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Airbnbs and short-term lets driving people out of Cambridge housing market, says Lib Dem councillor

The rise in Cambridge homes being converted into Airbnbs and short-term lets is squeezing people out of the housing market, a city councillor claims.

Cllr Karen Young (Lib Dem, Queen Edith’s) has proposed a motion to the full council meeting tomorrow (October 19) asking for the authority to urge the government to impose more regulation to help authorities control the number of conversions.

The rise in short-term lets is forcing people out the Cambridge housing market, a councillor claims
The rise in short-term lets is forcing people out the Cambridge housing market, a councillor claims

She said there are currently few controls, meaning “uncontrolled changes” are impacting the market, particularly squeezing out young people who may have grown up in the city.

Cllr Young also has called for the city council to look at how it can use the emerging joint Local Plan blueprint for Greater Cambridge to “address these concerns” with powers at the authority’s disposal.

She said: “Advertising a room on Airbnb and other similar platforms started off as a practical way to generate occasional income for a few, renting out a spare room or a whole dwelling for a few weeks of the year whilst on holiday, but the practice has grown hugely since the site was founded and is now enormously commercialised.

“This has had the effect of taking out privately owned and rented property from the market for long-term living, and putting it in the market for short term and holiday lets and other temporary use.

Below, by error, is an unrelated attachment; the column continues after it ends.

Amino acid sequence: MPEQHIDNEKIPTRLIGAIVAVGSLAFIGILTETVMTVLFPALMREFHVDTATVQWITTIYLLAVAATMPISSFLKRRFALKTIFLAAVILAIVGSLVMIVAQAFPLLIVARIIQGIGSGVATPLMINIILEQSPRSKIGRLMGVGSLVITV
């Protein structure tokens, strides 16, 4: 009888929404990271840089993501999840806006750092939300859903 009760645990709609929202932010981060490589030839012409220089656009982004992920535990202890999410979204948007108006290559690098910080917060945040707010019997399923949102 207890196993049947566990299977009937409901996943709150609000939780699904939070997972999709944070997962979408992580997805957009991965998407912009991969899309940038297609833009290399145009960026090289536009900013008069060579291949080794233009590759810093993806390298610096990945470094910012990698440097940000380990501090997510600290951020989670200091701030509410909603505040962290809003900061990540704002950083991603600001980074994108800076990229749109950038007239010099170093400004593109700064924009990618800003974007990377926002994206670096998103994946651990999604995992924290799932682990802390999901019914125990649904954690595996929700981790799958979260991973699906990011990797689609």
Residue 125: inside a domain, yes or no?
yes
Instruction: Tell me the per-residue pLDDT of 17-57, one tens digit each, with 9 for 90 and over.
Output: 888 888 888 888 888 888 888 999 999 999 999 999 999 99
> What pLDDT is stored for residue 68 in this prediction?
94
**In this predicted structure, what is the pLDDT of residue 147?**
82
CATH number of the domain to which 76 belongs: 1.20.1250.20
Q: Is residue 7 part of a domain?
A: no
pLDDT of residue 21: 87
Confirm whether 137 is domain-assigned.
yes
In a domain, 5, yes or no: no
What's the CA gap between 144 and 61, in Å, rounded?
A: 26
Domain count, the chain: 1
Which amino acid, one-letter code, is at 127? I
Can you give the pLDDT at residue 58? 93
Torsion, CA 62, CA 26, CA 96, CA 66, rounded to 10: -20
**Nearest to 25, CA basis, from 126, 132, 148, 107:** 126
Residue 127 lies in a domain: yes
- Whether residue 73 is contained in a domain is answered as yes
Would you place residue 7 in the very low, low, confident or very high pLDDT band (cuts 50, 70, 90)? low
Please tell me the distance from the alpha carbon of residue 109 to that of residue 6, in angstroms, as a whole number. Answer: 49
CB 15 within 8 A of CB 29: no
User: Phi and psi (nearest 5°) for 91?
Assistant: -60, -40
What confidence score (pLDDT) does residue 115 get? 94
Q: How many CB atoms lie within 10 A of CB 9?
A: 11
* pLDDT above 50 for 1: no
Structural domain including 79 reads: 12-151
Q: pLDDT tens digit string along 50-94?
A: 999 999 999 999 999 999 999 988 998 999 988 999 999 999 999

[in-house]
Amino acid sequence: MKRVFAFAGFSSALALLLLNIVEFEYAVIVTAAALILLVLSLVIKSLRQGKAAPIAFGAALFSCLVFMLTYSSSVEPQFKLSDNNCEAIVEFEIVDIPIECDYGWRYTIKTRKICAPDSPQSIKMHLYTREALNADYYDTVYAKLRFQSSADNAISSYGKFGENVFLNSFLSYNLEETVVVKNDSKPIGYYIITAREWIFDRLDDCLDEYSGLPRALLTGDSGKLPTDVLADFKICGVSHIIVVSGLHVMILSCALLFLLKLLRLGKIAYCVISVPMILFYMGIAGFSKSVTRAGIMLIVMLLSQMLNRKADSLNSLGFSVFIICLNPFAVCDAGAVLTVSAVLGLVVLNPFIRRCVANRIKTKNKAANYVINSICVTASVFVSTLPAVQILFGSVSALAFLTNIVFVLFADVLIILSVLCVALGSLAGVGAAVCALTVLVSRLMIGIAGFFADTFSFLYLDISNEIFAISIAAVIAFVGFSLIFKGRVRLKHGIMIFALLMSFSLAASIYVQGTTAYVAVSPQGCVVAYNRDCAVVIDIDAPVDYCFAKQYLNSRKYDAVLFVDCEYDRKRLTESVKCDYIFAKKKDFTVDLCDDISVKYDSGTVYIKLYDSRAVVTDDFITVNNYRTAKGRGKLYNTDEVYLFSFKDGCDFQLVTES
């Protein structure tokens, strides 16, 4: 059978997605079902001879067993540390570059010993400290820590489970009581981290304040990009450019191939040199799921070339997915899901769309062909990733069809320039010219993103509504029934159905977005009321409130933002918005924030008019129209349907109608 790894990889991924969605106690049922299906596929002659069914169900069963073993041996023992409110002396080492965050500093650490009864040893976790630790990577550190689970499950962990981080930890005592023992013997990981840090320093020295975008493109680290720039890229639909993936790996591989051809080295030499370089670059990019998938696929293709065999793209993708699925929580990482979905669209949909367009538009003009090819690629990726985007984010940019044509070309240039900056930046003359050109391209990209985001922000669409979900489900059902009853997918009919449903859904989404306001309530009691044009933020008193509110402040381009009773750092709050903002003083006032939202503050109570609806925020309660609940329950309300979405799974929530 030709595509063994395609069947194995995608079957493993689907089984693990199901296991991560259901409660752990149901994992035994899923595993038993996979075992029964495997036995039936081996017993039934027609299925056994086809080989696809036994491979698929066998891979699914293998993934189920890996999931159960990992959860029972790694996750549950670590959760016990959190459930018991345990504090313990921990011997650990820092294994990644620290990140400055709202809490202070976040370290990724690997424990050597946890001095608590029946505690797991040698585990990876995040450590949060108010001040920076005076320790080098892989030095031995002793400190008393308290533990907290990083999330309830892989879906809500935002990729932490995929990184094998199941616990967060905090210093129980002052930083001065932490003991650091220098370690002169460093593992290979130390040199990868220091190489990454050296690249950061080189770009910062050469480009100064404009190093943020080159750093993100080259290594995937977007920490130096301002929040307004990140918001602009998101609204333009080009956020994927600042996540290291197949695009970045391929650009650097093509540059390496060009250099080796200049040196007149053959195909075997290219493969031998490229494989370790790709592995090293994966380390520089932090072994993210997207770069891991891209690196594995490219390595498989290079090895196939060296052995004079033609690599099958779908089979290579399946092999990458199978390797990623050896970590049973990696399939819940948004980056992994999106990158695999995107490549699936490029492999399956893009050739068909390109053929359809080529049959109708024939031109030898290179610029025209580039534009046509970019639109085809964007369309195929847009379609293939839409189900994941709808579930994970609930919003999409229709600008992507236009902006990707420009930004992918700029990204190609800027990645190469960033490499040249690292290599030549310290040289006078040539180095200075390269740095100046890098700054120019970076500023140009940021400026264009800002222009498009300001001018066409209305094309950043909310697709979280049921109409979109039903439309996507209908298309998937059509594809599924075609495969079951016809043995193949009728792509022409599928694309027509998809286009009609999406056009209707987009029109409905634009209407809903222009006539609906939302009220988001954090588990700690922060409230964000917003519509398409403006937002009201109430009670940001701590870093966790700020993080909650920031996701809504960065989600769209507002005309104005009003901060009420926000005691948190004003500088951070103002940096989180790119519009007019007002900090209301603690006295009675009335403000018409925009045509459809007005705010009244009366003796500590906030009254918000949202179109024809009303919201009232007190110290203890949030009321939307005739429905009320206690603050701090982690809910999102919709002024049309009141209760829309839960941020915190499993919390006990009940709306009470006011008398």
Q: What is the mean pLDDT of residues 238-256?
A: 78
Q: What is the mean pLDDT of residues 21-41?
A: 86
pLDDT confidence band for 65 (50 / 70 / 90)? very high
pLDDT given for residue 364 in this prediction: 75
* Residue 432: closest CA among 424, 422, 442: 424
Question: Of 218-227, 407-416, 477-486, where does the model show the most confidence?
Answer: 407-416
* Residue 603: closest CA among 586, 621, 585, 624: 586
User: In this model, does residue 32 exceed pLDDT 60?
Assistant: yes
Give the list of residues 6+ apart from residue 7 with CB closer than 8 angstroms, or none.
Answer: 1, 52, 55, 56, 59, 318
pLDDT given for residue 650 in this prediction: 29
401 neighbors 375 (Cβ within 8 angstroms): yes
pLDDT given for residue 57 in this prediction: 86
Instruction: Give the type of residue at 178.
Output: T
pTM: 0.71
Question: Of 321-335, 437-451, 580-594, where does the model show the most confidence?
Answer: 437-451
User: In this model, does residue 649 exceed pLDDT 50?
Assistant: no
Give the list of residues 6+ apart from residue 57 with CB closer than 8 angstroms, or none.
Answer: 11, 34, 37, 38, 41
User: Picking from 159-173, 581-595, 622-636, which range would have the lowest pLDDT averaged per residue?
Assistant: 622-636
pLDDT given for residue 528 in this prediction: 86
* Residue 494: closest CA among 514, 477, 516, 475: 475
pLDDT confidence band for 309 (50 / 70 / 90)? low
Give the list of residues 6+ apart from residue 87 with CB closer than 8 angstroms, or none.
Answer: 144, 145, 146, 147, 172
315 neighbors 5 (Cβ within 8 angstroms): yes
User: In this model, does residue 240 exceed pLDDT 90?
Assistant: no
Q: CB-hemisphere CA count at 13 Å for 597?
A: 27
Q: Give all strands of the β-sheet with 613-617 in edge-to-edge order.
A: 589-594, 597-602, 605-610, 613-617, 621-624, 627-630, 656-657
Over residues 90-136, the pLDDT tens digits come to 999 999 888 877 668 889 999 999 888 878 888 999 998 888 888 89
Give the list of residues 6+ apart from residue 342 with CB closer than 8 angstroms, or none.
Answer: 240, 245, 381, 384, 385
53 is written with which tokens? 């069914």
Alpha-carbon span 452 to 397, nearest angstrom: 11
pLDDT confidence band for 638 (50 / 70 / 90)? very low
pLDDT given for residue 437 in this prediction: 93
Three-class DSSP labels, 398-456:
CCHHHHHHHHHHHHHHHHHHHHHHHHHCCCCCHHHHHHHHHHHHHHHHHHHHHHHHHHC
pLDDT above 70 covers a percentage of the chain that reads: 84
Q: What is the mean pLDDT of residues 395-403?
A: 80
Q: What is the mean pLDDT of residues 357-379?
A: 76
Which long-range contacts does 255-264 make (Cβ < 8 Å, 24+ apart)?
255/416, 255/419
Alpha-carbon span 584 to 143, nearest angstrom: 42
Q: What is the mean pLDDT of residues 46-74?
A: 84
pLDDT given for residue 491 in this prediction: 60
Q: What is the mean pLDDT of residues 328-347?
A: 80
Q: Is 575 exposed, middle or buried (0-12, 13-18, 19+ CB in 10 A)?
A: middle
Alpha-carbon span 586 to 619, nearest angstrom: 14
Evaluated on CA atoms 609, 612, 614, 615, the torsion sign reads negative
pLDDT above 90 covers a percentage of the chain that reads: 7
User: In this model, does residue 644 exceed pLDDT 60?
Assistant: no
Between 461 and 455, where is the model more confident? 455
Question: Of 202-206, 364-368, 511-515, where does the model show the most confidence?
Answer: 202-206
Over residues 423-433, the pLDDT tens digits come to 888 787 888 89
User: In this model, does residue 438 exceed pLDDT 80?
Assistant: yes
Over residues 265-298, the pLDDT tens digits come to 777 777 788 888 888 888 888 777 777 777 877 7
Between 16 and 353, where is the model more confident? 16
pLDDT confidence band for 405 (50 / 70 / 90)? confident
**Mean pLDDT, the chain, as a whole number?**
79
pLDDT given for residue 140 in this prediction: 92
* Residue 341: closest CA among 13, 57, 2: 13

“Currently, there are few or no proactive controls available to the local planning authority or council to oversee such changes of use, particularly in smaller properties, and therefore no means by which neighbours can put forward their views on such changes, or where additional comings and goings from servicing of such properties can be properly assessed.

“Uncontrolled changes of residential property to continuous short term lets have the effect of squeezing the housing market for people who want to live close to where they work.

“In particular, driving out young people at the lower end of the price range who want to live where they were brought up and raise children and thus reducing the long term sustainability of communities.

“In some cases [it is] enabling a source of neighbourhood nuisance by virtue of the use of inappropriate buildings or locations, turning Cambridge into a town with unsuitable or substandard accommodation for visitors to Cambridge.”

The issue was raised by Lib Dem group leader Cllr Tim Bick back in 2017, when he warned it was driving up prices and causing neighbourhood disturbances.

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